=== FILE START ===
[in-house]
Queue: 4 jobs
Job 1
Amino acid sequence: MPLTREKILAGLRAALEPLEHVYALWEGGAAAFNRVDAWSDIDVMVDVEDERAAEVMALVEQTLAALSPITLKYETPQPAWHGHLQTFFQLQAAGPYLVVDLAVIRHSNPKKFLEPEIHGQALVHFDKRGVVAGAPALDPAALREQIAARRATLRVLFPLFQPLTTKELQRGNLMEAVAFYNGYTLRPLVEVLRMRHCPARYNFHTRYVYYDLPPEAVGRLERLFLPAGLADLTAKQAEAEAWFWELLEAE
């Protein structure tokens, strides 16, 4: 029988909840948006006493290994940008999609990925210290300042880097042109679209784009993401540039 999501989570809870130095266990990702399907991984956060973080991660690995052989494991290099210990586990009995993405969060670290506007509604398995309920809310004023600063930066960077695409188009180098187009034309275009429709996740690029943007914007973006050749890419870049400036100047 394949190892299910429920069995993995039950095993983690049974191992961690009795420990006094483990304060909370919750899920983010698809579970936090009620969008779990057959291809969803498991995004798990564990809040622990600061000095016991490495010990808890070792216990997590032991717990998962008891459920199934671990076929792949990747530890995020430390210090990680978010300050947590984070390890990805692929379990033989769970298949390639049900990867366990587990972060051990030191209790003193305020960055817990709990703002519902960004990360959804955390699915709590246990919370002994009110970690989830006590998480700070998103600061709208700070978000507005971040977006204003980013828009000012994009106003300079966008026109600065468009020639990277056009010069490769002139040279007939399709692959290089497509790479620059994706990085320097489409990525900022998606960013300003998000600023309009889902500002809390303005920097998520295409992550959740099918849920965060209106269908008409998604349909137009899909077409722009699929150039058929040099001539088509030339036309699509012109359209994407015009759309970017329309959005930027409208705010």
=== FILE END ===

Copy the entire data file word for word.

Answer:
[in-house]
Queue: 4 jobs
Job 1
Amino acid sequence: MPLTREKILAGLRAALEPLEHVYALWEGGAAAFNRVDAWSDIDVMVDVEDERAAEVMALVEQTLAALSPITLKYETPQPAWHGHLQTFFQLQAAGPYLVVDLAVIRHSNPKKFLEPEIHGQALVHFDKRGVVAGAPALDPAALREQIAARRATLRVLFPLFQPLTTKELQRGNLMEAVAFYNGYTLRPLVEVLRMRHCPARYNFHTRYVYYDLPPEAVGRLERLFLPAGLADLTAKQAEAEAWFWELLEAE
């Protein structure tokens, strides 16, 4: 029988909840948006006493290994940008999609990925210290300042880097042109679209784009993401540039 999501989570809870130095266990990702399907991984956060973080991660690995052989494991290099210990586990009995993405969060670290506007509604398995309920809310004023600063930066960077695409188009180098187009034309275009429709996740690029943007914007973006050749890419870049400036100047 394949190892299910429920069995993995039950095993983690049974191992961690009795420990006094483990304060909370919750899920983010698809579970936090009620969008779990057959291809969803498991995004798990564990809040622990600061000095016991490495010990808890070792216990997590032991717990998962008891459920199934671990076929792949990747530890995020430390210090990680978010300050947590984070390890990805692929379990033989769970298949390639049900990867366990587990972060051990030191209790003193305020960055817990709990703002519902960004990360959804955390699915709590246990919370002994009110970690989830006590998480700070998103600061709208700070978000507005971040977006204003980013828009000012994009106003300079966008026109600065468009020639990277056009010069490769002139040279007939399709692959290089497509790479620059994706990085320097489409990525900022998606960013300003998000600023309009889902500002809390303005920097998520295409992550959740099918849920965060209106269908008409998604349909137009899909077409722009699929150039058929040099001539088509030339036309699509012109359209994407015009759309970017329309959005930027409208705010």